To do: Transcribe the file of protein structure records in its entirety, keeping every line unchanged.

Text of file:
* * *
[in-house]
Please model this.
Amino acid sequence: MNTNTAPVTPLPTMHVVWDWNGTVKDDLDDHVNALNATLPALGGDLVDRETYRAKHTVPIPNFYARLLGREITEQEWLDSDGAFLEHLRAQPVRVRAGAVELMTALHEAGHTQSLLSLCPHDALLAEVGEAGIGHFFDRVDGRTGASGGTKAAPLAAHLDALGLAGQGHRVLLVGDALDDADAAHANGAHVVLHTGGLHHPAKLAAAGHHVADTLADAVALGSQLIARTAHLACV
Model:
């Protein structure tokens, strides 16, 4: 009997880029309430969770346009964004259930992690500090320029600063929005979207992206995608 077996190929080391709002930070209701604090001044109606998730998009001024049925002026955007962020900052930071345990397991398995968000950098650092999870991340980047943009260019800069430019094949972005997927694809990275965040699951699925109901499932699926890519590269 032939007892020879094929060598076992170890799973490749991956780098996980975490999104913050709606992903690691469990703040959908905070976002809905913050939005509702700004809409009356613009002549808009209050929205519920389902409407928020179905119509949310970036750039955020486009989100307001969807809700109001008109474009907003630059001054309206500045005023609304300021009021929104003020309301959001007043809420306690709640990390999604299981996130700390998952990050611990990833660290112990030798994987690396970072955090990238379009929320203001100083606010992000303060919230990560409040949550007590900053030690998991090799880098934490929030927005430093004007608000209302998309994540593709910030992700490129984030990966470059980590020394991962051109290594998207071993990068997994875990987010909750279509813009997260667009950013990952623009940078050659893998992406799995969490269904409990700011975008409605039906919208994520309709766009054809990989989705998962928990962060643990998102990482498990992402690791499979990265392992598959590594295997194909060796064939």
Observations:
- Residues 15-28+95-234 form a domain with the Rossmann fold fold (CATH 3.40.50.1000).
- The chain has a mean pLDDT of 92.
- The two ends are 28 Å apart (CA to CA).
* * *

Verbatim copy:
[in-house]
Please model this.
Amino acid sequence: MNTNTAPVTPLPTMHVVWDWNGTVKDDLDDHVNALNATLPALGGDLVDRETYRAKHTVPIPNFYARLLGREITEQEWLDSDGAFLEHLRAQPVRVRAGAVELMTALHEAGHTQSLLSLCPHDALLAEVGEAGIGHFFDRVDGRTGASGGTKAAPLAAHLDALGLAGQGHRVLLVGDALDDADAAHANGAHVVLHTGGLHHPAKLAAAGHHVADTLADAVALGSQLIARTAHLACV
Model:
């Protein structure tokens, strides 16, 4: 009997880029309430969770346009964004259930992690500090320029600063929005979207992206995608 077996190929080391709002930070209701604090001044109606998730998009001024049925002026955007962020900052930071345990397991398995968000950098650092999870991340980047943009260019800069430019094949972005997927694809990275965040699951699925109901499932699926890519590269 032939007892020879094929060598076992170890799973490749991956780098996980975490999104913050709606992903690691469990703040959908905070976002809905913050939005509702700004809409009356613009002549808009209050929205519920389902409407928020179905119509949310970036750039955020486009989100307001969807809700109001008109474009907003630059001054309206500045005023609304300021009021929104003020309301959001007043809420306690709640990390999604299981996130700390998952990050611990990833660290112990030798994987690396970072955090990238379009929320203001100083606010992000303060919230990560409040949550007590900053030690998991090799880098934490929030927005430093004007608000209302998309994540593709910030992700490129984030990966470059980590020394991962051109290594998207071993990068997994875990987010909750279509813009997260667009950013990952623009940078050659893998992406799995969490269904409990700011975008409605039906919208994520309709766009054809990989989705998962928990962060643990998102990482498990992402690791499979990265392992598959590594295997194909060796064939």
Observations:
- Residues 15-28+95-234 form a domain with the Rossmann fold fold (CATH 3.40.50.1000).
- The chain has a mean pLDDT of 92.
- The two ends are 28 Å apart (CA to CA).